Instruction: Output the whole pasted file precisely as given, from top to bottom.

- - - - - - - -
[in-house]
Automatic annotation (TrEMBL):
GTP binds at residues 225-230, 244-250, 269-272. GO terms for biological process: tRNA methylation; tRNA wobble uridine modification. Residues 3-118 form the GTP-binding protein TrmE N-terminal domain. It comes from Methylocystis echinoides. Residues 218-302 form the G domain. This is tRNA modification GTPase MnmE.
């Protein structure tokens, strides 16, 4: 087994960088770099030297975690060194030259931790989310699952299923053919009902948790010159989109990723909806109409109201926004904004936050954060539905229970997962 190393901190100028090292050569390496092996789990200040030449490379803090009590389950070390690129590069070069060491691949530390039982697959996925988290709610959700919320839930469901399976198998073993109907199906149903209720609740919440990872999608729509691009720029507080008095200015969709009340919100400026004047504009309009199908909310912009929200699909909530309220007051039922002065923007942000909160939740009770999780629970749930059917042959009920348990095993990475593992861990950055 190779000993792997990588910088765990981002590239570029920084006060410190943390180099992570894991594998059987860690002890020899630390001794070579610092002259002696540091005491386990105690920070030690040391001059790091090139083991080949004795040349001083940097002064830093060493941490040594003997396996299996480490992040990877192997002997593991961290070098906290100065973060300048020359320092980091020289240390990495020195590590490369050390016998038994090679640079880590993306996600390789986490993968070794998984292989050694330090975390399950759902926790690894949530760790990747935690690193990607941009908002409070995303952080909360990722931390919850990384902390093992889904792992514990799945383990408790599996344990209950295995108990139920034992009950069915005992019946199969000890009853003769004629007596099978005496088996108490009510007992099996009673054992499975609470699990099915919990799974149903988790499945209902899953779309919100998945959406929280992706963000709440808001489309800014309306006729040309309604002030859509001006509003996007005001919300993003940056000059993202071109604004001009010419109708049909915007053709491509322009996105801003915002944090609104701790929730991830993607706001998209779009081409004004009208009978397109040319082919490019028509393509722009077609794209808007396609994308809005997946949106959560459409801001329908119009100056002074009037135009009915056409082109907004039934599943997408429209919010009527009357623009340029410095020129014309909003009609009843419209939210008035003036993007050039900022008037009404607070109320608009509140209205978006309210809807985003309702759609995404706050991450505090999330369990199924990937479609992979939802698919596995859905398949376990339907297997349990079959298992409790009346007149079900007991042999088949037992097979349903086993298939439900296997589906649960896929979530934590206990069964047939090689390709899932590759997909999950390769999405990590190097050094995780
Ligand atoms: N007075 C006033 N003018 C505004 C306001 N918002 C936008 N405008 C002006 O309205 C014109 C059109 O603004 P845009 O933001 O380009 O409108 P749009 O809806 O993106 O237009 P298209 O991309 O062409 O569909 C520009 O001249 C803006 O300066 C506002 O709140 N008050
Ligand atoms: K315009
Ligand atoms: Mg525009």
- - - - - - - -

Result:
[in-house]
Automatic annotation (TrEMBL):
GTP binds at residues 225-230, 244-250, 269-272. GO terms for biological process: tRNA methylation; tRNA wobble uridine modification. Residues 3-118 form the GTP-binding protein TrmE N-terminal domain. It comes from Methylocystis echinoides. Residues 218-302 form the G domain. This is tRNA modification GTPase MnmE.
């Protein structure tokens, strides 16, 4: 087994960088770099030297975690060194030259931790989310699952299923053919009902948790010159989109990723909806109409109201926004904004936050954060539905229970997962 190393901190100028090292050569390496092996789990200040030449490379803090009590389950070390690129590069070069060491691949530390039982697959996925988290709610959700919320839930469901399976198998073993109907199906149903209720609740919440990872999608729509691009720029507080008095200015969709009340919100400026004047504009309009199908909310912009929200699909909530309220007051039922002065923007942000909160939740009770999780629970749930059917042959009920348990095993990475593992861990950055 190779000993792997990588910088765990981002590239570029920084006060410190943390180099992570894991594998059987860690002890020899630390001794070579610092002259002696540091005491386990105690920070030690040391001059790091090139083991080949004795040349001083940097002064830093060493941490040594003997396996299996480490992040990877192997002997593991961290070098906290100065973060300048020359320092980091020289240390990495020195590590490369050390016998038994090679640079880590993306996600390789986490993968070794998984292989050694330090975390399950759902926790690894949530760790990747935690690193990607941009908002409070995303952080909360990722931390919850990384902390093992889904792992514990799945383990408790599996344990209950295995108990139920034992009950069915005992019946199969000890009853003769004629007596099978005496088996108490009510007992099996009673054992499975609470699990099915919990799974149903988790499945209902899953779309919100998945959406929280992706963000709440808001489309800014309306006729040309309604002030859509001006509003996007005001919300993003940056000059993202071109604004001009010419109708049909915007053709491509322009996105801003915002944090609104701790929730991830993607706001998209779009081409004004009208009978397109040319082919490019028509393509722009077609794209808007396609994308809005997946949106959560459409801001329908119009100056002074009037135009009915056409082109907004039934599943997408429209919010009527009357623009340029410095020129014309909003009609009843419209939210008035003036993007050039900022008037009404607070109320608009509140209205978006309210809807985003309702759609995404706050991450505090999330369990199924990937479609992979939802698919596995859905398949376990339907297997349990079959298992409790009346007149079900007991042999088949037992097979349903086993298939439900296997589906649960896929979530934590206990069964047939090689390709899932590759997909999950390769999405990590190097050094995780
Ligand atoms: N007075 C006033 N003018 C505004 C306001 N918002 C936008 N405008 C002006 O309205 C014109 C059109 O603004 P845009 O933001 O380009 O409108 P749009 O809806 O993106 O237009 P298209 O991309 O062409 O569909 C520009 O001249 C803006 O300066 C506002 O709140 N008050
Ligand atoms: K315009
Ligand atoms: Mg525009």